To Commodore M.C. Perry, Officers and men of the Japan Expedition,this Print is respectfully dedicated by their Obt Servts, Heine and Brown, Jr.

Published by E. Brown, Jr. 142 Fulton St. New York.

Entered according to Act of Congress in the year 1855 by E. Brown in the Clerks Office of the District Court of the Southern District of NY.

Lithograph Characteristics:

Type: Hand colored chromolithograph
Plate Size: 36 1/2 x 26 in -- 92.5 x 65.5 cm
Printed on medium thick high quality card type stock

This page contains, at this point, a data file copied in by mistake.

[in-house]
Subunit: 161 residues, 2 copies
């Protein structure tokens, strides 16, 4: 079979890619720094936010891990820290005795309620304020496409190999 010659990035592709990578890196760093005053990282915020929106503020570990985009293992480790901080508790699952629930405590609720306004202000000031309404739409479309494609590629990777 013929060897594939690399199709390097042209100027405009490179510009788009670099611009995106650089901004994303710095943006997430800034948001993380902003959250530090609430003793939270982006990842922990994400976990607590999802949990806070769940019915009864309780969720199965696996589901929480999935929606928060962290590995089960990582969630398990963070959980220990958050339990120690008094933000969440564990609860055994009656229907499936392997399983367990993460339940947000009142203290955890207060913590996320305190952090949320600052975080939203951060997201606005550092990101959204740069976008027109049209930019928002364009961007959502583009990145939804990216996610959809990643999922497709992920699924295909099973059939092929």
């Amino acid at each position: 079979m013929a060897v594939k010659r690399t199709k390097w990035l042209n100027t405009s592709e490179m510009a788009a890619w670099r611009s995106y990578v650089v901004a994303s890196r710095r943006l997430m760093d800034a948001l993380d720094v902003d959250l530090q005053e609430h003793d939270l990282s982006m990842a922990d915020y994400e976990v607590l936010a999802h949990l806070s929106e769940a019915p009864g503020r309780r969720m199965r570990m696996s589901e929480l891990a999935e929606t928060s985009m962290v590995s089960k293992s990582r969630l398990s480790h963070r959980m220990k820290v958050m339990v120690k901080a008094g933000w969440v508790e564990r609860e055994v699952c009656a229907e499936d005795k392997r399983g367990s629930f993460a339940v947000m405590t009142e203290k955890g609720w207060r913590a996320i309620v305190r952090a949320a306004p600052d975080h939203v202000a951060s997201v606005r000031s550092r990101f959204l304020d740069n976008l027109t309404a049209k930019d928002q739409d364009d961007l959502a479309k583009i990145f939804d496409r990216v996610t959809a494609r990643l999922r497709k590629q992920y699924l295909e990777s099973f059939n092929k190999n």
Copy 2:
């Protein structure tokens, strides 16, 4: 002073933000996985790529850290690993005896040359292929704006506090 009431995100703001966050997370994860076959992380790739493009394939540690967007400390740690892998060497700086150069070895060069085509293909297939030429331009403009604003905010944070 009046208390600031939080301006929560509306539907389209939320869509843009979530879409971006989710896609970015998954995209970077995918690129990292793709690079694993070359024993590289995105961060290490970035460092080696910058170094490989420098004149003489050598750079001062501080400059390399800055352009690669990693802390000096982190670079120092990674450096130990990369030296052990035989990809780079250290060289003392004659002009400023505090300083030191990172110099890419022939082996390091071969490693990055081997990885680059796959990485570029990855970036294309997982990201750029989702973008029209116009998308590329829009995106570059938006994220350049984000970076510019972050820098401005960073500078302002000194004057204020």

Key Images from the Print:

  Major Scene in the lithograph.

The Americans' military formation during the actual landing.

Context of Lithograph in the Perry Expedition to Japan.

Perry's squadron of four ships arrived at Yedo Bay on July 7, 1853 and anchored off the city of Uraga. On this first visit to Japan, Perry's primary mission was to deliver the President's letter to the Emperor of Japan. This lithograph depicts Perry's landing in Japan on July 14, 1853 to deliver the President's letter.

The abridged narrative states: